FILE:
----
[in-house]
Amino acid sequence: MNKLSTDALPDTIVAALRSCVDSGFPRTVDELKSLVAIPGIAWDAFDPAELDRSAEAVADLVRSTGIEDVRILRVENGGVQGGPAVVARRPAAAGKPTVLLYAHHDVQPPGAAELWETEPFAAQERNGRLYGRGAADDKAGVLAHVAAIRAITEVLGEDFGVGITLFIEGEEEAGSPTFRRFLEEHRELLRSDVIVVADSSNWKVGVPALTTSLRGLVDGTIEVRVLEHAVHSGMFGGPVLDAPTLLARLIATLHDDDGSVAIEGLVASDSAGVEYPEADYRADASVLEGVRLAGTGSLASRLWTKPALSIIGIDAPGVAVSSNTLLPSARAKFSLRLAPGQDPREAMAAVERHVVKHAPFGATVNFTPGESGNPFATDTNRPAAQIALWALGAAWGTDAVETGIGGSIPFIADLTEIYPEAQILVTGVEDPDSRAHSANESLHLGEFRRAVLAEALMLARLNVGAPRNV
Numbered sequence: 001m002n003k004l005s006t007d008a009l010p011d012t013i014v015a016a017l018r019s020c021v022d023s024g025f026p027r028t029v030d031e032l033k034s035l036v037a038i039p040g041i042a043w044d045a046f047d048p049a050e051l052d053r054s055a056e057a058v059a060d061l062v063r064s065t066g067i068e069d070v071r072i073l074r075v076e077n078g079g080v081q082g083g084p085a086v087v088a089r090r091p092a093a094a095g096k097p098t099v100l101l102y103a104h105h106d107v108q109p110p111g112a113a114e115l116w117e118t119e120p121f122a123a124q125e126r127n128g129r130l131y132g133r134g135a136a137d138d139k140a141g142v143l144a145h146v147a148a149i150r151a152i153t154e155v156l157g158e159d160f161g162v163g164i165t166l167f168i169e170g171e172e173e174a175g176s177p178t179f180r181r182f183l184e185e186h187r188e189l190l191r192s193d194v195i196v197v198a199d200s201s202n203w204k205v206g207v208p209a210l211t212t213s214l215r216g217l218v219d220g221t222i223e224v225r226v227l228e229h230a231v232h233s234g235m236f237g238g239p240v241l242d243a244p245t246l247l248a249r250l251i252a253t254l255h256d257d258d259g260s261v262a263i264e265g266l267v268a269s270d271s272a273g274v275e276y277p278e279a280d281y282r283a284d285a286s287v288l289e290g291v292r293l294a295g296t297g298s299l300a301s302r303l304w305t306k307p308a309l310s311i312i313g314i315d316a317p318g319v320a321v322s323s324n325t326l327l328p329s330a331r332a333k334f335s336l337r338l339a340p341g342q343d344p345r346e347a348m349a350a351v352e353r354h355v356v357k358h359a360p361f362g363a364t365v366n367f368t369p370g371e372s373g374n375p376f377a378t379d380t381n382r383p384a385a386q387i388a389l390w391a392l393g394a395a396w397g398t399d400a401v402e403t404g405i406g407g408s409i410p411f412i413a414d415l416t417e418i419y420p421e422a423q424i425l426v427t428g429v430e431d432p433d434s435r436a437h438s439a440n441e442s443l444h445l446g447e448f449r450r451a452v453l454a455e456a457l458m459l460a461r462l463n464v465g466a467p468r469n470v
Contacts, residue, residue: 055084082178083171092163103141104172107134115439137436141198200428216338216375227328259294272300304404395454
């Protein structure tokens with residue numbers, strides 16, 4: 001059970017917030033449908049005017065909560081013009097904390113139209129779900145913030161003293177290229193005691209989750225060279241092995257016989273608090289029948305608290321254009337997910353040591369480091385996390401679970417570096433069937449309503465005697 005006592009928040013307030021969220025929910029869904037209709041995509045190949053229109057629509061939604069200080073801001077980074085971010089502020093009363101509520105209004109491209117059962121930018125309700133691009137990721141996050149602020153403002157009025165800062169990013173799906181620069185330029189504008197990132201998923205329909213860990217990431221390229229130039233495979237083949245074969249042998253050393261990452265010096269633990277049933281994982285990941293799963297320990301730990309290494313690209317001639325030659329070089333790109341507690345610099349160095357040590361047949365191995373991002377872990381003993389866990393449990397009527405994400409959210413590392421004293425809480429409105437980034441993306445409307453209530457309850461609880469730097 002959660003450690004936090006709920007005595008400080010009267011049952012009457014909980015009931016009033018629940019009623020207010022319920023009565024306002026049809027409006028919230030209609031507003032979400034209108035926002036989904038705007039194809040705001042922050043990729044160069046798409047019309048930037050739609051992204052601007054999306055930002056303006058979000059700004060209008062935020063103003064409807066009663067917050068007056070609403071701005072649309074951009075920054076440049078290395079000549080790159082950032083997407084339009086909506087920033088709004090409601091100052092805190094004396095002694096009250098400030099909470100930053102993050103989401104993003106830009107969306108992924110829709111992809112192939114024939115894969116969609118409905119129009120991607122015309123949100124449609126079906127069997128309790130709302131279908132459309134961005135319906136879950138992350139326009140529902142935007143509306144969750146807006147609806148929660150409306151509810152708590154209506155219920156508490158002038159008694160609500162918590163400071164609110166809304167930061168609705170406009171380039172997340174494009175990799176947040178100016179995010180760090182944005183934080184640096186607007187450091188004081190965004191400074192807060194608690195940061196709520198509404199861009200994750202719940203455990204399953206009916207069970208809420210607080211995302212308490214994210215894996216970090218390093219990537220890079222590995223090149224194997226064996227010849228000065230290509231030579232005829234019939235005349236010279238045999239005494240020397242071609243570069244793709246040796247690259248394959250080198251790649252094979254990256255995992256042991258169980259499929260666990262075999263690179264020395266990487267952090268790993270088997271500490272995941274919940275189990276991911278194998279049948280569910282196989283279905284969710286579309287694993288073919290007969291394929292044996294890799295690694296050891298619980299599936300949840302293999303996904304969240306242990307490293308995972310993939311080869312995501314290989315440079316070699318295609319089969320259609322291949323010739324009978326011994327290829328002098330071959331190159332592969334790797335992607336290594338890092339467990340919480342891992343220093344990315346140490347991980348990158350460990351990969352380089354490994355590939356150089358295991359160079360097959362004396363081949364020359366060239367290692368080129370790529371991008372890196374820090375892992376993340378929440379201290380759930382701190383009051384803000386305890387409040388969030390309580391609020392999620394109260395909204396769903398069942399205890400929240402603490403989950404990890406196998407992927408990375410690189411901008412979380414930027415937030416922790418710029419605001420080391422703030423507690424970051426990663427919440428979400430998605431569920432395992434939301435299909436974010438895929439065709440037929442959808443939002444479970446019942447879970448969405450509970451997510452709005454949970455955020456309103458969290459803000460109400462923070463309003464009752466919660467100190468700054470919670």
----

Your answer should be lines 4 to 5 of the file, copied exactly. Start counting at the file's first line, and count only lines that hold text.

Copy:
Contacts, residue, residue: 055084082178083171092163103141104172107134115439137436141198200428216338216375227328259294272300304404395454
């Protein structure tokens with residue numbers, strides 16, 4: 001059970017917030033449908049005017065909560081013009097904390113139209129779900145913030161003293177290229193005691209989750225060279241092995257016989273608090289029948305608290321254009337997910353040591369480091385996390401679970417570096433069937449309503465005697 005006592009928040013307030021969220025929910029869904037209709041995509045190949053229109057629509061939604069200080073801001077980074085971010089502020093009363101509520105209004109491209117059962121930018125309700133691009137990721141996050149602020153403002157009025165800062169990013173799906181620069185330029189504008197990132201998923205329909213860990217990431221390229229130039233495979237083949245074969249042998253050393261990452265010096269633990277049933281994982285990941293799963297320990301730990309290494313690209317001639325030659329070089333790109341507690345610099349160095357040590361047949365191995373991002377872990381003993389866990393449990397009527405994400409959210413590392421004293425809480429409105437980034441993306445409307453209530457309850461609880469730097 002959660003450690004936090006709920007005595008400080010009267011049952012009457014909980015009931016009033018629940019009623020207010022319920023009565024306002026049809027409006028919230030209609031507003032979400034209108035926002036989904038705007039194809040705001042922050043990729044160069046798409047019309048930037050739609051992204052601007054999306055930002056303006058979000059700004060209008062935020063103003064409807066009663067917050068007056070609403071701005072649309074951009075920054076440049078290395079000549080790159082950032083997407084339009086909506087920033088709004090409601091100052092805190094004396095002694096009250098400030099909470100930053102993050103989401104993003106830009107969306108992924110829709111992809112192939114024939115894969116969609118409905119129009120991607122015309123949100124449609126079906127069997128309790130709302131279908132459309134961005135319906136879950138992350139326009140529902142935007143509306144969750146807006147609806148929660150409306151509810152708590154209506155219920156508490158002038159008694160609500162918590163400071164609110166809304167930061168609705170406009171380039172997340174494009175990799176947040178100016179995010180760090182944005183934080184640096186607007187450091188004081190965004191400074192807060194608690195940061196709520198509404199861009200994750202719940203455990204399953206009916207069970208809420210607080211995302212308490214994210215894996216970090218390093219990537220890079222590995223090149224194997226064996227010849228000065230290509231030579232005829234019939235005349236010279238045999239005494240020397242071609243570069244793709246040796247690259248394959250080198251790649252094979254990256255995992256042991258169980259499929260666990262075999263690179264020395266990487267952090268790993270088997271500490272995941274919940275189990276991911278194998279049948280569910282196989283279905284969710286579309287694993288073919290007969291394929292044996294890799295690694296050891298619980299599936300949840302293999303996904304969240306242990307490293308995972310993939311080869312995501314290989315440079316070699318295609319089969320259609322291949323010739324009978326011994327290829328002098330071959331190159332592969334790797335992607336290594338890092339467990340919480342891992343220093344990315346140490347991980348990158350460990351990969352380089354490994355590939356150089358295991359160079360097959362004396363081949364020359366060239367290692368080129370790529371991008372890196374820090375892992376993340378929440379201290380759930382701190383009051384803000386305890387409040388969030390309580391609020392999620394109260395909204396769903398069942399205890400929240402603490403989950404990890406196998407992927408990375410690189411901008412979380414930027415937030416922790418710029419605001420080391422703030423507690424970051426990663427919440428979400430998605431569920432395992434939301435299909436974010438895929439065709440037929442959808443939002444479970446019942447879970448969405450509970451997510452709005454949970455955020456309103458969290459803000460109400462923070463309003464009752466919660467100190468700054470919670």